Literary Mama writing about the many faces of motherhood
Tasseomancy

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My mother refused to accept Zack as my live-in boyfriend. She said our relationship was vague. Marriage, her topic of conversation at every Sunday dinner, worried me more than irritated me. At least that is what I told myself, and almost believed it. Lately, she wanted everything defined, known.

"There are no guarantees." I pointed out her life: "One man after another, sometimes men just for one night leaving twenty dollar bills on the night stand."

"You had a roof over your head didn't you?"

"So did Jennifer, and her mother worked an office job."

My mother waved her hand at me and turned away. We'd had this conversation before, yet I kept waiting for an apology or a better explanation, some kind of personal responsibility for those nights; after all, in the mornings it was my duty to change and wash her sheets while she spent the day in prayer. I knew somewhere in me it was futile to wait. Nevertheless I had my expectations.

Zack and I sat next to each other on the sofa, and my mother scooted forward in the chair with her feet flat on the floor with her tea cup balanced in its saucer on her lap. She stared at us.

"You're living in sin," she said.

"Everyone lives in sin," Zack said, cautiously, firmly.

"You wouldn't make a good priest."

"Why not? They need priests like me."

"Guilt," she placed her cup and saucer on the coffee table and then stomped her foot. "Where is your guilt?"

I had it all. Wasn't I the reason she couldn't make the bills, buy my food and clothes, had to take in men? Was she glaring at me right then, or did I misremember? Was it me who glared fiercely at her?

"Will your friend Zack kindly take me home?"

And so he did, while I cleaned the kitchen and wondered at my rage toward the pan that after vigorous scrubbing wouldn't come clean. I threw it in the trash.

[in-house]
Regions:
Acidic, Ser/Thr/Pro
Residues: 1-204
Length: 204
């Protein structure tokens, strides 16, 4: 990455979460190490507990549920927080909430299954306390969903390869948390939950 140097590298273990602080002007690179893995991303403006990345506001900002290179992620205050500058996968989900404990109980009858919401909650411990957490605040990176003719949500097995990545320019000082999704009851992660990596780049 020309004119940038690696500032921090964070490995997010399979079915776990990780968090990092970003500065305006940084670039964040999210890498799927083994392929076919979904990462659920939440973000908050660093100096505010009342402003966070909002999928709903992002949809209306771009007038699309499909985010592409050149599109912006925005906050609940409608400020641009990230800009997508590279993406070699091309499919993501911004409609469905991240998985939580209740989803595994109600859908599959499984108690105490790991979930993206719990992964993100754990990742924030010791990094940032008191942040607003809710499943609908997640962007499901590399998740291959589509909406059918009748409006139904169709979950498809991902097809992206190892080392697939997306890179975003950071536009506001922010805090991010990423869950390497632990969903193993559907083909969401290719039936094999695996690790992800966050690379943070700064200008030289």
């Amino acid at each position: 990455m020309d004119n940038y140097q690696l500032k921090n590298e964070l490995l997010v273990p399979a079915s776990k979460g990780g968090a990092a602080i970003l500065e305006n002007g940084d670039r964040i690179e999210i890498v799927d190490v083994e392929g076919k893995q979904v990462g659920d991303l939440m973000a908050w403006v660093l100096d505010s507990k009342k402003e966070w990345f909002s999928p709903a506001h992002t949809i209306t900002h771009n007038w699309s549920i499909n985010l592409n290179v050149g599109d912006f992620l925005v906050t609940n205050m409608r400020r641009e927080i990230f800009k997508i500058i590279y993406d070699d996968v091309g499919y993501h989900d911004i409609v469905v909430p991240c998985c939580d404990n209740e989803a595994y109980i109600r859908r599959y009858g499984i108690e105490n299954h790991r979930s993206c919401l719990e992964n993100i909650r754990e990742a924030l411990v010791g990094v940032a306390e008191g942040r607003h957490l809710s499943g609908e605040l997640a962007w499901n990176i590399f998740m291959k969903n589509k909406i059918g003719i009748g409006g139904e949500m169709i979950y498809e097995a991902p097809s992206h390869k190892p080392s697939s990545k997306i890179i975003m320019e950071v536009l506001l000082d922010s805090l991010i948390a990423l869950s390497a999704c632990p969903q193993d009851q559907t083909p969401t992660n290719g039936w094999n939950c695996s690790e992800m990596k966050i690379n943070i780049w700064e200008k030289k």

Every since that Sunday, she had one reason or another why she couldn't come over, nor invite us to her apartment. Consequently, I decided to take the day off -- let June run the office and hope to hell she wouldn't crash the computer again -- to drop in on my mother.

I arrived at her complex, placed my foot on the first step, and looked up. A bird, mottled brown flew overhead into a tree where there were others chirping to the traffic, their sounds as frantic as the fast- paced cars.

The window next to my mother's door was closed, but the curtain was pulled back a little. My mother's dyed black hair darkened further in contrast to her light blue house dress. She wore round-shaped glasses, so I knew she saw me. I wanted to turn around and go home, spend the day doing things for myself, then make a nice dinner for Zack.

My mother dropped the curtain. I walked up two more steps and stopped. Would she answer the door? How hard would I try to make her do it? I took a step down. The air, warm and dry, didn't move--a promise of a stifling afternoon.

I studied the dry skin around my fingernails until a sound forced me to keep going up, my flip-flops slapped the concrete steps, my hand on the flimsy vibrating railing. Down below, a Hispanic gardener came around the corner sweeping his gas-powered leaf blower through the air, pushing blades of cut grass back into the lawn. A cigarette butt rolled under a bush by the stairs, each of his movements smooth and quick until he paused and lifted his hat, wiped off sweat, and then he glanced up at my mother's window and nodded before she once again dropped the curtain. He continued along the walkway never once acknowledging me. And old, familiar feeling in my stomach spread throughout my body.

I banged on my mother's door and her window with my fist -- hard, relentless knocks. I knew she couldn't tolerate too much noise, it made her anxious, and sure enough, she opened the door letting me in.

"I thought you were a confused burglar," she said.

"You saw me walking up the stairs."

"I didn't realize it was you."

Had she always lied like this and I'd just never really called it that until now?

My mother's apartment almost sparkled. The tiny kitchen floor was freshly waxed, the counters were clear of any clutter, not even a toaster or the microwave.

"Where's the microwave I gave you?"

"Sold it."

I couldn't look at her. She knew I'd bought her a top-of-the-line microwave and that she'd acted thrilled and touched, a moment between us I treasured. "When?"

"Three months ago, last year, two weeks ago, don't remember." She put her hands on her hips, "Don't give me that expression, Amanda, it's a microwave, not the Hope Diamond."

I sat on her sofa, sank into the cushions, and placed the points of my elbows on my knees resting my hands on my hot cheeks. Wasn't it the daughter who was supposed to be angry?

"Want some tea?" she asked.

I shrugged, which she took as a yes, and I listened as she put on the kettle and set cups in saucers.